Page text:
Something is very wrong when people who believe they have been wronged feel they cannot seek legal redress. The reason for the silence resounds in the statements of those victims who do come forward: There are very personal, emotional and powerful impediments and disincentives to seeking legal redress. These include embarrassment, threats to future career opportunities, powerlessness, the risk of bringing shame to family and friends, marriages in jeopardy, the potential economic impact as well as the impact on children, and the risk of public scrutiny.
There simply must be a way to provide meaningful legal responses that take into account the complex dynamics of a sexual harassment or abuse case.
I spent 25 years as a federal appellate judge. However, I now realize I saw very few sexual harassment or abuse cases — particularly at the appellate level. No doubt the issues mentioned above had an impact on that aspect of the caseload.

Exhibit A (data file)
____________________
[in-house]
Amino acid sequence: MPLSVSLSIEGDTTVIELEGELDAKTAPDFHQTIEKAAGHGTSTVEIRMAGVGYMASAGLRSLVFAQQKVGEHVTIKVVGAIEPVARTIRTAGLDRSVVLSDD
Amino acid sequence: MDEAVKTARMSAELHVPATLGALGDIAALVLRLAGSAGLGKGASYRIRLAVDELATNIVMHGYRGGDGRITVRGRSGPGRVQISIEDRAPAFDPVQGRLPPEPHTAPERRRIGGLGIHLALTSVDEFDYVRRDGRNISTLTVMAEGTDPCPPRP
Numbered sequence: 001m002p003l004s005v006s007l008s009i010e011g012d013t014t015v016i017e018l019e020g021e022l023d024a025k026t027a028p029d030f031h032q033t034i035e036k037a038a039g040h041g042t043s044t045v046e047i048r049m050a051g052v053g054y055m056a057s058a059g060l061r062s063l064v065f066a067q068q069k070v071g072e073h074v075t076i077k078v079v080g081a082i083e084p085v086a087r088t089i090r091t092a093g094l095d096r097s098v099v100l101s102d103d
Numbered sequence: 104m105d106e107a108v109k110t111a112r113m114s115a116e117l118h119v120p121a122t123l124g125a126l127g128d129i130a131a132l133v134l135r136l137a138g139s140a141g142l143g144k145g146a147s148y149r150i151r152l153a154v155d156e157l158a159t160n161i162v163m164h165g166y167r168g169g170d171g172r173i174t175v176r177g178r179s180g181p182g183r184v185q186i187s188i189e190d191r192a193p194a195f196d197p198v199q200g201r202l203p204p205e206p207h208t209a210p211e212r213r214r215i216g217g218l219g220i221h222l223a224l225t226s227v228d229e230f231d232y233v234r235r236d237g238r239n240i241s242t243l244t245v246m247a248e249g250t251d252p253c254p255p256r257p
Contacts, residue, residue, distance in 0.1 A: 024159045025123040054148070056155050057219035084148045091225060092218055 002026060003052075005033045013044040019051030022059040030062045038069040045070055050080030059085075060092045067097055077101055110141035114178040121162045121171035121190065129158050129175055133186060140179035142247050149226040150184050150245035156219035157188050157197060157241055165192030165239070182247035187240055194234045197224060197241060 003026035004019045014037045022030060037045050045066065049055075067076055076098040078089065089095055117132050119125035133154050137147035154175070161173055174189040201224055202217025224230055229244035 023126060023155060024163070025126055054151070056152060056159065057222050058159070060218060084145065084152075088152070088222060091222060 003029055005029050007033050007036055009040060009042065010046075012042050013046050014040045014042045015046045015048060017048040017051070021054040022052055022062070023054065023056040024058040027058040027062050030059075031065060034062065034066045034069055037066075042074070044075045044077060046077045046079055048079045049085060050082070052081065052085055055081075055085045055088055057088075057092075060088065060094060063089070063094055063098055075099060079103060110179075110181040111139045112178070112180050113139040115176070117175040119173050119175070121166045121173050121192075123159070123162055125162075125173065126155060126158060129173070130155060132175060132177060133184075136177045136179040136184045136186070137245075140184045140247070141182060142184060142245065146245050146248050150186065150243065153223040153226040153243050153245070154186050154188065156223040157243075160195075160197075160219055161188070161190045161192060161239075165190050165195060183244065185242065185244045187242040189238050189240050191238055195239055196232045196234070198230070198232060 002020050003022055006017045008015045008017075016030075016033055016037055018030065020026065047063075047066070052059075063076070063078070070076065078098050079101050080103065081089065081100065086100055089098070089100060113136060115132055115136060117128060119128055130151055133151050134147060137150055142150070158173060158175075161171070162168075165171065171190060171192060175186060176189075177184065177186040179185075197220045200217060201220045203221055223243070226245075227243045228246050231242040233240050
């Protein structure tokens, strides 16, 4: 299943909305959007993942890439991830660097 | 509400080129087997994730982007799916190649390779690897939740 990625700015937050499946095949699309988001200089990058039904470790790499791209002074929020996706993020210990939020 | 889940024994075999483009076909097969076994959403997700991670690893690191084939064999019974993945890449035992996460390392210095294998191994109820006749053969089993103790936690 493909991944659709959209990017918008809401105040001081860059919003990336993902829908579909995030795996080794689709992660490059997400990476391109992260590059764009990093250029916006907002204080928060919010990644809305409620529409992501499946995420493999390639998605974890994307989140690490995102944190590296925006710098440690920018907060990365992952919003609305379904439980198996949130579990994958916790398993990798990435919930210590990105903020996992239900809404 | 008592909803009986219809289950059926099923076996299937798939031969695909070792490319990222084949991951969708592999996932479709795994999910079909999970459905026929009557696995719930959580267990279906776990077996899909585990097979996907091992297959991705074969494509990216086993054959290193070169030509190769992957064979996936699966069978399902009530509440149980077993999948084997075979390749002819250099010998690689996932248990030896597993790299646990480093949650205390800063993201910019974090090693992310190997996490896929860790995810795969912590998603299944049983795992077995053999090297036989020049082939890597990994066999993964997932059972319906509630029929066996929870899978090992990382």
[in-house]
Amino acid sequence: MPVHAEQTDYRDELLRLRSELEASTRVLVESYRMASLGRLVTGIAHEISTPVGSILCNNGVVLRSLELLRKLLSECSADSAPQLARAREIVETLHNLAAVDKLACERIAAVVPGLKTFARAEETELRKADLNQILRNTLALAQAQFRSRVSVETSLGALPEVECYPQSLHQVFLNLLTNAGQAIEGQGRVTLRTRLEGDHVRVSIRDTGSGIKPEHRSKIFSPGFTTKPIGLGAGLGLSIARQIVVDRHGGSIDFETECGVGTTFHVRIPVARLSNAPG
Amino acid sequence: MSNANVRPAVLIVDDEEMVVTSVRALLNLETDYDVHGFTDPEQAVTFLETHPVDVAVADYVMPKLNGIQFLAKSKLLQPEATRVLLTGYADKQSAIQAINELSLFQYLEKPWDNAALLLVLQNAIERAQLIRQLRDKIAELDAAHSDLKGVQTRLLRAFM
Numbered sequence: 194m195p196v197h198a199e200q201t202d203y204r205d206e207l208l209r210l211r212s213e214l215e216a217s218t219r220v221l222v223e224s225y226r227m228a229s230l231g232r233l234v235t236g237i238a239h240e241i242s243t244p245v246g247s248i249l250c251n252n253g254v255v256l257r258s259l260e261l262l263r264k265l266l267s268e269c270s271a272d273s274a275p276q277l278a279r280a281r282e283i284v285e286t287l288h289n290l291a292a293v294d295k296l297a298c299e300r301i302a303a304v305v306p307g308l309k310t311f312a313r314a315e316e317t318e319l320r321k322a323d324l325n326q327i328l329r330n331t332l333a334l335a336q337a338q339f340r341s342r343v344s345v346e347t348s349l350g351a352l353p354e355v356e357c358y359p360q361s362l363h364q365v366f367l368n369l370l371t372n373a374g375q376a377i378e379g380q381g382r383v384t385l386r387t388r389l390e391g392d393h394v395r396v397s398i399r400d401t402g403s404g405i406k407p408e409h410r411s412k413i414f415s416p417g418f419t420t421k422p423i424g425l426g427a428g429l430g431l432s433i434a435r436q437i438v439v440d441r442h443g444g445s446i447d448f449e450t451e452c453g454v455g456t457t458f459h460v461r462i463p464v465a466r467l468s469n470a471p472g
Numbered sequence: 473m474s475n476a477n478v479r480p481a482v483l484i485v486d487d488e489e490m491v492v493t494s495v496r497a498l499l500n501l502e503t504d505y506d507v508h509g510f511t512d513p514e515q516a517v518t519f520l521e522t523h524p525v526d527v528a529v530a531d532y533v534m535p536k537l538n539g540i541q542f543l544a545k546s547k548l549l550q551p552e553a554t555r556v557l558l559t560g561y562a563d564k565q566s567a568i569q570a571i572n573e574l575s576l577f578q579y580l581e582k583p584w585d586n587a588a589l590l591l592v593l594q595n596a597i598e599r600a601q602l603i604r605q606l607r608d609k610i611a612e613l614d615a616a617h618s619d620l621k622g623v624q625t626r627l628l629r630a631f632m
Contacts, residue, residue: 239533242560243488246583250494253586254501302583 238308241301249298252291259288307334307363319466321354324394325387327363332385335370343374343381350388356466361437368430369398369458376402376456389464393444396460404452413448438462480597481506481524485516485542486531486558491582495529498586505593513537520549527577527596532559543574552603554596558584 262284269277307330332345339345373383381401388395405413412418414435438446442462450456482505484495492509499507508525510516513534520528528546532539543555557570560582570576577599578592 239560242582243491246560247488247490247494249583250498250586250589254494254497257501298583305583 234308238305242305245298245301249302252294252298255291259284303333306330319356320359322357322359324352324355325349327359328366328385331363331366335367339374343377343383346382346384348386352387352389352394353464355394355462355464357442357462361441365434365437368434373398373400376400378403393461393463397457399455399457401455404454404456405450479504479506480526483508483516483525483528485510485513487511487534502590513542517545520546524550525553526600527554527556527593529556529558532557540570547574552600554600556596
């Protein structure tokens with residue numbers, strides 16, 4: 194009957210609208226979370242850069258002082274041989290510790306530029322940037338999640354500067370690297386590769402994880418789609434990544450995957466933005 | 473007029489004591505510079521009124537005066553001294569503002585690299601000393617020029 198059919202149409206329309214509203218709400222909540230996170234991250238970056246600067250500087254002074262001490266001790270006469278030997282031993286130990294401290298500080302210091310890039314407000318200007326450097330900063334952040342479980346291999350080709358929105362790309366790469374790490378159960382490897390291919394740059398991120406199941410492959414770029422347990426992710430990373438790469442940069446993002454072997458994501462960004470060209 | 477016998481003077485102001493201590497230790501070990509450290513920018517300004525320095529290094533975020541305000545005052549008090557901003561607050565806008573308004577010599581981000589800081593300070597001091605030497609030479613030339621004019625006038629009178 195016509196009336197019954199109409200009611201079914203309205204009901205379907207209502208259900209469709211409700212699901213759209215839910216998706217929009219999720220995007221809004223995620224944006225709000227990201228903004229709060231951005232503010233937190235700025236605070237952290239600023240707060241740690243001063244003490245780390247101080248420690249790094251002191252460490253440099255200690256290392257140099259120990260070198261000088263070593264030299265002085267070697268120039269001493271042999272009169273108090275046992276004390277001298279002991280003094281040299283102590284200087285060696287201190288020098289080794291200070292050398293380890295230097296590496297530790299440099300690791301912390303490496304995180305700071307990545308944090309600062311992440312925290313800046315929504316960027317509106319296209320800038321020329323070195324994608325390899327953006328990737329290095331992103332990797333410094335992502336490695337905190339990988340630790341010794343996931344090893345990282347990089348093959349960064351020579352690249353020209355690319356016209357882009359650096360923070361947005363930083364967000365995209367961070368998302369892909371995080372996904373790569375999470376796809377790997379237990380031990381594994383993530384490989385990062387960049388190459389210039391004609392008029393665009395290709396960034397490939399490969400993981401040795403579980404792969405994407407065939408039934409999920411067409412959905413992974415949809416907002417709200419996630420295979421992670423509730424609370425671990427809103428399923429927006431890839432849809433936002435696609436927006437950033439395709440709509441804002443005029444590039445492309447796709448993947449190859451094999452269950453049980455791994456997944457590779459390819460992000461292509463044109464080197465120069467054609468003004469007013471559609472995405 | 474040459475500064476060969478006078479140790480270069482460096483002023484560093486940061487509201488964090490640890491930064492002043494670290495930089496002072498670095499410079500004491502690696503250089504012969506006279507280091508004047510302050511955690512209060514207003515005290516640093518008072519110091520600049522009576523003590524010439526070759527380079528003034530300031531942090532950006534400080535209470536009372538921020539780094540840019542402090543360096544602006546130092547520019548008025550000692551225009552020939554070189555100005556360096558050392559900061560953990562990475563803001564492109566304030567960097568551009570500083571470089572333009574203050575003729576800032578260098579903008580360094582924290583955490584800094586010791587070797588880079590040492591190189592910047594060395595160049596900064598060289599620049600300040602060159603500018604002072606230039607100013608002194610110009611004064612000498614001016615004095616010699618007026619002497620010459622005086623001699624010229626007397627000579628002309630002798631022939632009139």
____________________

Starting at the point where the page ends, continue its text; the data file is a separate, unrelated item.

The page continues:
I then had the privilege of serving as dean of the Pepperdine University Law School, where I was entrusted with administrative responsibility over the premier dispute resolution program in the nation, the Straus Institute for Dispute Resolution. There I learned from gifted lawyers that litigation may not be the best alternative in all situations even if there is clearly a legal claim. Sometimes the individually crafted and confidential terms of arbitration and mediation can account for human and legal complexities that elude parties in litigation. I learned about the importance of trust, neutrality, listening, mutual respect for all the voices, open communication, candor and even sometimes an apology.